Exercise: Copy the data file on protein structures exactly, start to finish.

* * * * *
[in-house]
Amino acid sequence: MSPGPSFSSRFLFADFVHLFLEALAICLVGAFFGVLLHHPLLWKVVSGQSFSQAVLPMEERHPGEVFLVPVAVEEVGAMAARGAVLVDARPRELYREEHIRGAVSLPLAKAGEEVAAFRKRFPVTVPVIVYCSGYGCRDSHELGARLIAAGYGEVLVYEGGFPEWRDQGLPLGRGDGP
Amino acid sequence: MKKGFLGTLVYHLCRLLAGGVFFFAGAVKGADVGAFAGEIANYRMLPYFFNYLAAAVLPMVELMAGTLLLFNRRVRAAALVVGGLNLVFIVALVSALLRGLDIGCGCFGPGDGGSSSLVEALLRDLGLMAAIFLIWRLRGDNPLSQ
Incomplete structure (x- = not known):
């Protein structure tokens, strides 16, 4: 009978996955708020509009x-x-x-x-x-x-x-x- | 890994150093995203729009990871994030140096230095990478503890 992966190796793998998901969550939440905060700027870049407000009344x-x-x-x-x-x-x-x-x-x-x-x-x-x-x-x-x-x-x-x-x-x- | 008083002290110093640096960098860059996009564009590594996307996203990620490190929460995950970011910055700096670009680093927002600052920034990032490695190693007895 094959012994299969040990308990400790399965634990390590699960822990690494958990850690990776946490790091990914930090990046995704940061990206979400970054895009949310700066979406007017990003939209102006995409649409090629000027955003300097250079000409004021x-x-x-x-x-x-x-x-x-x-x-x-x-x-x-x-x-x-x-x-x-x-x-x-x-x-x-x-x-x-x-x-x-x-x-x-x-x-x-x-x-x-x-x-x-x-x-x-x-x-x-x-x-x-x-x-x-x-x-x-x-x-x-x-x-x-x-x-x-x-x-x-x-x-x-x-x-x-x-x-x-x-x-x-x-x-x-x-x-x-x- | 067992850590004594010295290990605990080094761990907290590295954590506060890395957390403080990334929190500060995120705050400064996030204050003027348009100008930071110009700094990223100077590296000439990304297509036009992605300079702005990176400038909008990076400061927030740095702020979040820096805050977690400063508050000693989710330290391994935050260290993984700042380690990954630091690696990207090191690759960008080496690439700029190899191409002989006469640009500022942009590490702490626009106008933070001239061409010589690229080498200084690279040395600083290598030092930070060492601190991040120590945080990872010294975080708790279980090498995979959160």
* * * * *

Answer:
[in-house]
Amino acid sequence: MSPGPSFSSRFLFADFVHLFLEALAICLVGAFFGVLLHHPLLWKVVSGQSFSQAVLPMEERHPGEVFLVPVAVEEVGAMAARGAVLVDARPRELYREEHIRGAVSLPLAKAGEEVAAFRKRFPVTVPVIVYCSGYGCRDSHELGARLIAAGYGEVLVYEGGFPEWRDQGLPLGRGDGP
Amino acid sequence: MKKGFLGTLVYHLCRLLAGGVFFFAGAVKGADVGAFAGEIANYRMLPYFFNYLAAAVLPMVELMAGTLLLFNRRVRAAALVVGGLNLVFIVALVSALLRGLDIGCGCFGPGDGGSSSLVEALLRDLGLMAAIFLIWRLRGDNPLSQ
Incomplete structure (x- = not known):
């Protein structure tokens, strides 16, 4: 009978996955708020509009x-x-x-x-x-x-x-x- | 890994150093995203729009990871994030140096230095990478503890 992966190796793998998901969550939440905060700027870049407000009344x-x-x-x-x-x-x-x-x-x-x-x-x-x-x-x-x-x-x-x-x-x- | 008083002290110093640096960098860059996009564009590594996307996203990620490190929460995950970011910055700096670009680093927002600052920034990032490695190693007895 094959012994299969040990308990400790399965634990390590699960822990690494958990850690990776946490790091990914930090990046995704940061990206979400970054895009949310700066979406007017990003939209102006995409649409090629000027955003300097250079000409004021x-x-x-x-x-x-x-x-x-x-x-x-x-x-x-x-x-x-x-x-x-x-x-x-x-x-x-x-x-x-x-x-x-x-x-x-x-x-x-x-x-x-x-x-x-x-x-x-x-x-x-x-x-x-x-x-x-x-x-x-x-x-x-x-x-x-x-x-x-x-x-x-x-x-x-x-x-x-x-x-x-x-x-x-x-x-x-x-x-x-x- | 067992850590004594010295290990605990080094761990907290590295954590506060890395957390403080990334929190500060995120705050400064996030204050003027348009100008930071110009700094990223100077590296000439990304297509036009992605300079702005990176400038909008990076400061927030740095702020979040820096805050977690400063508050000693989710330290391994935050260290993984700042380690990954630091690696990207090191690759960008080496690439700029190899191409002989006469640009500022942009590490702490626009106008933070001239061409010589690229080498200084690279040395600083290598030092930070060492601190991040120590945080990872010294975080708790279980090498995979959160």